A world cruise can get pretty hectic at times, believe it or not. On days we are in port Nikki and I are up early to help out the shore ex people with stickering people for tours which is a challenge when you have 1500 folks to get off the ship and onto tour buses as quickly as possible. Then we are off on different tours as ship’s escorts, primarily to enjoy the tour, but also to help “herd” the group and keep track of stragglers, and, importantly, to report back to the ship on the quality of the tour and guides. In some ports, depending on arrival and departure times, I have sail-in or sail-away talks to prepare that are given live from the bridge. It’s fun to be one of the few folks, aside from deck officers, up on the bridge and watch the calm precision with which this giant vessel glides alongside the dock. To be up on the bridge going through the Panama or Suez Canals, and yesterday sailing into the giant volcanic caldera of Santorini, is a very special experience.
Additionally, I have my primary job which is as Port Lecturer. So I have about 40 lectures to do in advance of our ports of call, and days when we are at sea I have “desk hours” at a table in the atrium where I field questions from a line of guests. That is the most challenging part of my job because one minute you’re fielding questions about Rome, the next Barcelona, then Honolulu, then Greece . . . and there is a big line, and its rapid-fire bouncing around the world . . . and at the end I am ready for a drink!
I realize that I haven’t been keeping up, reporting on my adventures in Oman, Dubai, the Suez Canal, Turkey and Greece. My, time flies when you are busy and having fun on this “magic carpet” called DAWN PRINCESS! And today I’m doing lectures on Venice and Dubrovnik. As one lady told me yesterday on the tender coming back from Santorini, “Richard, on this cruise the hits just keep on coming!” And she is right! We have fantastic ports and really excellent tours. People can do their own thing, and a lot of them do, and I field lots of questions from folks who don’t want the ship tours, but for most people the ship tour is the best and most cost-efficient way of making use of their limited time in a port.
In addition to my lectures, I pretty much “have” to attend the talks of the other guest lecturers on board, just to give them moral support. But we have had a “cast” of fantastic lecturers who’ve presented really interesting talks. Occasionally there is a little overlap, like this morning, when I’ll talk a little about Marco Polo [How can you talk about Venice without talking about Marco Polo?] and then the guest lecturer, a historian, will do an entire talk about Marco Polo. Interestingly the lectures or talks as I prefer to call them, on DAWN PRINCESS are the most popular activity on board. The Princess Theater seats around 700 people and is usually packed 15 minutes before the talk begins. Frequently there are folks standing and sitting in the aisles, which it fun for the speakers. Although the ship never shares any guest comments with me . . . dumb, I know . . . the feedback I get from guests is that they love the program and are writing comments to the ship and Princess telling them.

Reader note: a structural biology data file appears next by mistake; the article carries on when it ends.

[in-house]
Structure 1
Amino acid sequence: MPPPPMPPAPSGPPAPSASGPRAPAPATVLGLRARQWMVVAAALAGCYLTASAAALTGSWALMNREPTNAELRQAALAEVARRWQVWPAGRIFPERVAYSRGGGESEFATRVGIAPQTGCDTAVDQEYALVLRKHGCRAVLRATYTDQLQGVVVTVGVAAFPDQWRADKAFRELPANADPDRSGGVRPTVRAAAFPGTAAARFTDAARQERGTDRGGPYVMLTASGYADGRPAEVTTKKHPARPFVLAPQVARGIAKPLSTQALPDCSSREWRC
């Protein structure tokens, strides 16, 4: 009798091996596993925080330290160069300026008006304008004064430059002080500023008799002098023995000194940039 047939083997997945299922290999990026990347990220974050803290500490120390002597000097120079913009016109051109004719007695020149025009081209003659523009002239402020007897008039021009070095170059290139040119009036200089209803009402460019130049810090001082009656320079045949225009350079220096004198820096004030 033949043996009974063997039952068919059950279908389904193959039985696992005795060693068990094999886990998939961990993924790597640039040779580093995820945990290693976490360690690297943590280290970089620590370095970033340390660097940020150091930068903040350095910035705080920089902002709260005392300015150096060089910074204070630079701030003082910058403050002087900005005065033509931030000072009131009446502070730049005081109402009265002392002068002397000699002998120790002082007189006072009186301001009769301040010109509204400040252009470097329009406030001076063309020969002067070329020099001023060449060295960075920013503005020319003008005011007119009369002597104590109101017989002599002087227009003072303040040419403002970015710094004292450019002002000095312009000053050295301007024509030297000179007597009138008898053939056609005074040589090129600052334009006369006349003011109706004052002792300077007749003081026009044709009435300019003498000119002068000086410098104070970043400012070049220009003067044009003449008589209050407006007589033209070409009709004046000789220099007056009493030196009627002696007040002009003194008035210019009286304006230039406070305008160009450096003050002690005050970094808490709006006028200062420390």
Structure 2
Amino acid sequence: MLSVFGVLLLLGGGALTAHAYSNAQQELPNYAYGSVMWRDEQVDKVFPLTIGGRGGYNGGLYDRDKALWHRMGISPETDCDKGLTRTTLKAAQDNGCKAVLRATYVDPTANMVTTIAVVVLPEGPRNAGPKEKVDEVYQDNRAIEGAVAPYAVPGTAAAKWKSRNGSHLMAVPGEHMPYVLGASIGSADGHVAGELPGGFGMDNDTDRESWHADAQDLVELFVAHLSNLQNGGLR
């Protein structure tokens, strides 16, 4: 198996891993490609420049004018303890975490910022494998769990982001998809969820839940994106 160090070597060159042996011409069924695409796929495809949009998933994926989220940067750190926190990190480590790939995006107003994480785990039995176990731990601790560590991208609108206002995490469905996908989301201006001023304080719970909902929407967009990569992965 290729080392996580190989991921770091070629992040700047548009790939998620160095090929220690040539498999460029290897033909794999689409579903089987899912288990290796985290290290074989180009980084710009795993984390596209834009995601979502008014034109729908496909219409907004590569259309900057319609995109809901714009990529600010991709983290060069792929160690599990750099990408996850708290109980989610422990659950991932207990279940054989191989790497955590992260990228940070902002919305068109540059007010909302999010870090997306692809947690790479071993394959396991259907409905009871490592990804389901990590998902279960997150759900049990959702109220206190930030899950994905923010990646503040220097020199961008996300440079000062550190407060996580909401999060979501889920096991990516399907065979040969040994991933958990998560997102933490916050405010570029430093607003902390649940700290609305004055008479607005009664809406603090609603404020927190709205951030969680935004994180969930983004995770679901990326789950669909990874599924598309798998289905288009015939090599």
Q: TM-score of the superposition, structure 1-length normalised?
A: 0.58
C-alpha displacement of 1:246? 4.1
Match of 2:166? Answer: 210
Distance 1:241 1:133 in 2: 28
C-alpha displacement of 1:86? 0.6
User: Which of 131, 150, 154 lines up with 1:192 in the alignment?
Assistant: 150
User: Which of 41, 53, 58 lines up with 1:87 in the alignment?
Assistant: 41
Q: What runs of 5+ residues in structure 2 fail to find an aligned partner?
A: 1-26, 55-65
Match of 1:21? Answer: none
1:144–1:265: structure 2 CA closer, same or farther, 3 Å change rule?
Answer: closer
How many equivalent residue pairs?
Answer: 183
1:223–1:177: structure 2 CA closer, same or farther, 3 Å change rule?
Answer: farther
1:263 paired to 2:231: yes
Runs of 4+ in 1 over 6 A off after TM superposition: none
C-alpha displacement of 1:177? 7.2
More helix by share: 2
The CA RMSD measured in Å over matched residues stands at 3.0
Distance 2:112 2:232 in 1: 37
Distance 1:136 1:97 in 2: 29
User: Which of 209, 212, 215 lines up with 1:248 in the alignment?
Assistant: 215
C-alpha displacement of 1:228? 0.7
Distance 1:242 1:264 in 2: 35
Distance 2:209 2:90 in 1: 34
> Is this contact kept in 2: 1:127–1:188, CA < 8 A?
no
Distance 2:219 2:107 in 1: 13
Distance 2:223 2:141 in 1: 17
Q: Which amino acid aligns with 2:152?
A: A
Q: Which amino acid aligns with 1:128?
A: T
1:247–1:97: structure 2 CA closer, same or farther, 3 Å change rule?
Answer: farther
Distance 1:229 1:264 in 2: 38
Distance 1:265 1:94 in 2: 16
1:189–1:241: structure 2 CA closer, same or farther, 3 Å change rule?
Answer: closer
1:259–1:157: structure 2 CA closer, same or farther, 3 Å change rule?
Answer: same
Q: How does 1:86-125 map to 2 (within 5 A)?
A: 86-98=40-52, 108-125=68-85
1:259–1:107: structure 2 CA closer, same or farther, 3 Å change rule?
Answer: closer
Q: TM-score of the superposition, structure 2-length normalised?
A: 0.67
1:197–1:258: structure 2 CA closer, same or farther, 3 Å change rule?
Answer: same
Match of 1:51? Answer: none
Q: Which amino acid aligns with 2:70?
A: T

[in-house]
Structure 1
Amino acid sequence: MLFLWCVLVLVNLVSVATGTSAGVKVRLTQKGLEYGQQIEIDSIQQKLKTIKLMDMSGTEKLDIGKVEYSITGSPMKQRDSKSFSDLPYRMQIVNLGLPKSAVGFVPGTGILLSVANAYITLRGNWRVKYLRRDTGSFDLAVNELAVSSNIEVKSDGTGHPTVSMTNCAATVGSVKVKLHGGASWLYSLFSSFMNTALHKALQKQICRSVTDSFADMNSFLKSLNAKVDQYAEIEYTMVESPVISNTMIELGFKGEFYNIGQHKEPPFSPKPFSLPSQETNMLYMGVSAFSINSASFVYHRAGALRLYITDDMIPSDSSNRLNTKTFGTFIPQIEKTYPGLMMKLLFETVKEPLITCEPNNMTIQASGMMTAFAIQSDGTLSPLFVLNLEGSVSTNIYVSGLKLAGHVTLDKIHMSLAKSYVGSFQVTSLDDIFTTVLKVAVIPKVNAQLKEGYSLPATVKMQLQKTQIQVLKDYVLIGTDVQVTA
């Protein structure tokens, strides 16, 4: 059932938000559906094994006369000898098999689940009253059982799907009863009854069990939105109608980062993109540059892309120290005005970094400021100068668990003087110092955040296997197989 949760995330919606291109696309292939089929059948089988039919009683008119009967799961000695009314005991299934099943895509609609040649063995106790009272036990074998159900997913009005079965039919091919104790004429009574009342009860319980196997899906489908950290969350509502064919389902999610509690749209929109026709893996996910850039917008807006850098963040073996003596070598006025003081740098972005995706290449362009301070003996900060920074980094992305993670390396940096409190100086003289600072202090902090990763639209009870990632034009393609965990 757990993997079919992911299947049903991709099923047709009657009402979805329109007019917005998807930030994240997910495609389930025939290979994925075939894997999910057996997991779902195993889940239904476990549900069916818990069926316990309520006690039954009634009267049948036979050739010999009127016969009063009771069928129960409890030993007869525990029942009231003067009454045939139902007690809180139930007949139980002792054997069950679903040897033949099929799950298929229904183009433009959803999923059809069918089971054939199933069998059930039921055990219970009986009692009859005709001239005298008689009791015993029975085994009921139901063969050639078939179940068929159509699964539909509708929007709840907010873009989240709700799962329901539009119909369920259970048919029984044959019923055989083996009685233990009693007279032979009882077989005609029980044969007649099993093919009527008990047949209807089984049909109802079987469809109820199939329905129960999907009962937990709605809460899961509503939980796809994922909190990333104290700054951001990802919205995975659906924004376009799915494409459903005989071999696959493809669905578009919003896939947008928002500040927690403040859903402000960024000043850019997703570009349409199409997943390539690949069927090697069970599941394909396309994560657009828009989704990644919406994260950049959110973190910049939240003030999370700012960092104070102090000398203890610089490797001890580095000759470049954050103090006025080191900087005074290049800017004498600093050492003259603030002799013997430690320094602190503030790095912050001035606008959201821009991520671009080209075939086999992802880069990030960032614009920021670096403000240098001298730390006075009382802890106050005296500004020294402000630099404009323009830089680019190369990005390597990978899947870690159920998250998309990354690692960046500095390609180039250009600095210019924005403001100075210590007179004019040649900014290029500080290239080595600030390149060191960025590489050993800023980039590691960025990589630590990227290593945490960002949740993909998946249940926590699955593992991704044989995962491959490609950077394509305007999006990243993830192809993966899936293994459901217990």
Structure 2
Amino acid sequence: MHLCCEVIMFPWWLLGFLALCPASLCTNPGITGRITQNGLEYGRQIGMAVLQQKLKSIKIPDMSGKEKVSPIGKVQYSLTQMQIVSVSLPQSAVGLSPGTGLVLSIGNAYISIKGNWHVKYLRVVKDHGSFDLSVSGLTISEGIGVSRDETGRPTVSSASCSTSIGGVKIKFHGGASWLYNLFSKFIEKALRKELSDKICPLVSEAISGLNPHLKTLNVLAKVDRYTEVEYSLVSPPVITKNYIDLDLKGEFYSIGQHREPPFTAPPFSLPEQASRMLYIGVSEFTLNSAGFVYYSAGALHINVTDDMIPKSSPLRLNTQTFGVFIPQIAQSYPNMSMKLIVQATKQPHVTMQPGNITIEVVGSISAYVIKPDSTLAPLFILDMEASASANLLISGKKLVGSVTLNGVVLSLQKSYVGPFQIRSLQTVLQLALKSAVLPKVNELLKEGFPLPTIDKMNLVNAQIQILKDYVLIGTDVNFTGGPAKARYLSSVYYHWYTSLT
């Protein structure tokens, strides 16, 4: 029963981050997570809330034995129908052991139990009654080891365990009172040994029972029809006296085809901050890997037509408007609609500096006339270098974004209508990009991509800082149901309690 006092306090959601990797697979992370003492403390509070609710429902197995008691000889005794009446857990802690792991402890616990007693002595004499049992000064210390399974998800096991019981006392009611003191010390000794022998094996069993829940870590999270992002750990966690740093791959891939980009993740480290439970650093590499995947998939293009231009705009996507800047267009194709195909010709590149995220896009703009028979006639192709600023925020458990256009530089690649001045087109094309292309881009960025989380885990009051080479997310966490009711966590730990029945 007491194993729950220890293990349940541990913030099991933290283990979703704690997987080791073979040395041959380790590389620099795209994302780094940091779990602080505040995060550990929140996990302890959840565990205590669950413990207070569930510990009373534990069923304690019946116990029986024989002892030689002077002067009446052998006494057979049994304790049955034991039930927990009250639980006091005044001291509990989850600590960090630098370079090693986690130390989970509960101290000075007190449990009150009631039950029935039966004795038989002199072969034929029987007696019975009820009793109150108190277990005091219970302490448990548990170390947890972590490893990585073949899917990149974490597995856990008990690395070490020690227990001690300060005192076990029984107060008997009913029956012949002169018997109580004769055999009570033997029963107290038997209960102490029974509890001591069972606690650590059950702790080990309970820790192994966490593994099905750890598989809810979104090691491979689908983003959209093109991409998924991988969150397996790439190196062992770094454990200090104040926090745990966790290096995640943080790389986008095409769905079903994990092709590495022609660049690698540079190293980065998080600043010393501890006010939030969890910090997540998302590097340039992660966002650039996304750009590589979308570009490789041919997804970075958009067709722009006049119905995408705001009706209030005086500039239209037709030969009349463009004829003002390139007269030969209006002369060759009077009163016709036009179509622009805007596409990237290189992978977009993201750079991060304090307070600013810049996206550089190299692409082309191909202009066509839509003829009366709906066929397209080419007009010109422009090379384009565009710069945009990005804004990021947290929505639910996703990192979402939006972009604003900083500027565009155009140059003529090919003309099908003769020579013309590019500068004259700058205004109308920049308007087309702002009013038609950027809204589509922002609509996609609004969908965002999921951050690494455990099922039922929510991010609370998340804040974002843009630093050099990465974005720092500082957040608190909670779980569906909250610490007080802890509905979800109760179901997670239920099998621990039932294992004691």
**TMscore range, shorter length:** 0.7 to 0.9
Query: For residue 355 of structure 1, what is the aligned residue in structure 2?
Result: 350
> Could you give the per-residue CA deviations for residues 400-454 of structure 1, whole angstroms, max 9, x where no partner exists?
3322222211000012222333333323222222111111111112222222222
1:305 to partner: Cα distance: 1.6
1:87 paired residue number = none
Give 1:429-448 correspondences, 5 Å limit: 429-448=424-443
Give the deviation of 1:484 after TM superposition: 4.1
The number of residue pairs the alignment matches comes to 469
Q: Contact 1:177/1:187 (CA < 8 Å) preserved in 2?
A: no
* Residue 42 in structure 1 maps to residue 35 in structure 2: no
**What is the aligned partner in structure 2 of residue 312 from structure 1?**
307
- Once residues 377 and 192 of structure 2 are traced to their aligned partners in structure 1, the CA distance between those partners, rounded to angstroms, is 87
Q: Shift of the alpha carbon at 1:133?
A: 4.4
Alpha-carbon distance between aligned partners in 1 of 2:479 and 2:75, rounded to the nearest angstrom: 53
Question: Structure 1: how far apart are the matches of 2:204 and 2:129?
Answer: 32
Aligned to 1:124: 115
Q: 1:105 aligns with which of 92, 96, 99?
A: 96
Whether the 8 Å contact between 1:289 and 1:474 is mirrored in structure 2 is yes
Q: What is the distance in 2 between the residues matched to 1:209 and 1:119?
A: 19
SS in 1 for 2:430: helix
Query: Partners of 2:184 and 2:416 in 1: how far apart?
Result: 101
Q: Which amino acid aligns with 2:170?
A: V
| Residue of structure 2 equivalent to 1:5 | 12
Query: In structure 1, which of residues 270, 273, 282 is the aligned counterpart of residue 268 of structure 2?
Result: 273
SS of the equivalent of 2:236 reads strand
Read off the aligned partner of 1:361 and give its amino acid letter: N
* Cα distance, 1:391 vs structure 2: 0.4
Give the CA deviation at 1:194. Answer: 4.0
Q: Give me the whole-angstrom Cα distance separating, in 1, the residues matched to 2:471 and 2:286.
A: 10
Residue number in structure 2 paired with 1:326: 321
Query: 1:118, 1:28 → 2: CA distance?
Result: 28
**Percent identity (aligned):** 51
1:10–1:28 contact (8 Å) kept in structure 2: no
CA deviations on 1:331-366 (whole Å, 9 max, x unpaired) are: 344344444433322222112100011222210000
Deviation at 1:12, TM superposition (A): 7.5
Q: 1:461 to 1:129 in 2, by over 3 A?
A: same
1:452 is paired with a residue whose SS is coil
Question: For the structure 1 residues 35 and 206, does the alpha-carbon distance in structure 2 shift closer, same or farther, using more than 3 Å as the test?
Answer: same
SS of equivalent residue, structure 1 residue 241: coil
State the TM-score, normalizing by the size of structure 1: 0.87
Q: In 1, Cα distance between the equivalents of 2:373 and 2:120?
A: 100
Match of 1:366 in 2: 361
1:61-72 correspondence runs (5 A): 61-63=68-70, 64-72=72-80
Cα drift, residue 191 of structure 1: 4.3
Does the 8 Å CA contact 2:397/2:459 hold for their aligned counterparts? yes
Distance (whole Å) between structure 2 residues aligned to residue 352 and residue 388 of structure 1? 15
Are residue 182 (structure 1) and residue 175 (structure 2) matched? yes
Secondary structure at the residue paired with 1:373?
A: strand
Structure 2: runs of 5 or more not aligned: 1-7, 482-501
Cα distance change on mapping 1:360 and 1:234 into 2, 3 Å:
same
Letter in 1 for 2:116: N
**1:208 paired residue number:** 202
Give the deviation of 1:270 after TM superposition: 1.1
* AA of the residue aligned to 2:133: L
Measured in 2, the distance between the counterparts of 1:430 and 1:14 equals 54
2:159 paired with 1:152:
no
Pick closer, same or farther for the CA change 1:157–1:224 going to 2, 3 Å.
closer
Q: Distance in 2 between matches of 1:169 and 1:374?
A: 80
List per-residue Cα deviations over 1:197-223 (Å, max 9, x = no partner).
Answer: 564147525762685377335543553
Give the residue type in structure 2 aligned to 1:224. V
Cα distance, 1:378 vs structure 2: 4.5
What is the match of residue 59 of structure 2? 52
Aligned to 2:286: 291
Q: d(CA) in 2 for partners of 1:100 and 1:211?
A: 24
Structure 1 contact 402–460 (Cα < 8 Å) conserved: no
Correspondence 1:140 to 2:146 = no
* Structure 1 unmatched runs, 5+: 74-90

When our kids were growing up in Ventura County, California we had swimming pools and came to hate a kid’s pool game called “Marco Polo.” The idea was one kid was it, and with their eyes closed had the find and tag another kid. The kid who was it would yell “Marco” and the others had to reply “Polo.” The game could last for hours, much to the frustration of their parents who just wanted to sit by the pool in peace and quiet and read.
In spite of that experience, I am a big fan of Marco Polo. Marco and his brother were born in Venice and when Marco was 17 he made his first voyage with father and uncle. His journeys lasted 24 years and Marco became a gifted linguist and master of four languages. Marco became a favorite and confidant of the Kublai Khan and was given posts in the Kahn’s administration and sent on missions to China, Burma and India.
The Polos stayed in Khan’s court for 17 years, acquiring great wealth in jewels and gold. Then, fearing the Khan would die before they got their fortune out, they asked to leave and return home. Reluctantly the Khan agreed if they would escort a Mongol princess to marry to a Persian prince. Well it was the “cruise from hell” and the voyage home to Venice took two years and 600 of their princely retinue died en route.
Back in Venice, Marco Polo commands of a Venetian galley in a war against Genoa
and ends up captured and in prison. In prison he met a romance writer, Rustichello of Pisa” who, upon hearing Marco’s travel tales talks him into co-authoring a book with Rustichello. So in addition to being an explorer, Polo became the first great travel writer and produces the first “as told to” or ghosted book entitled “The Description of the World” or “The Travels of Marco Polo”.
The book became a runaway bestseller in medieval Europe, but while fascinated with Polo’s stories, Europeans found them unbelievable and the book quickly became know as
“Il Millione” or “The Million Lies”.
Mea culpa for not keeping up with the stories of my adventures. When I am caught in the TSA line at Boston immigration, and arrested for masturbating in line in order that my assets might be fully appreciated on the nude TSA body scan, I promise that I will blog all my adventures from prison, a’la Marco Polo. In the meantime, I will continue to do the best that I can . . . and folks, they aren’t all lies. It is a great and marvelous world, almost as impressive to travelers today, as it was to Marco Polo.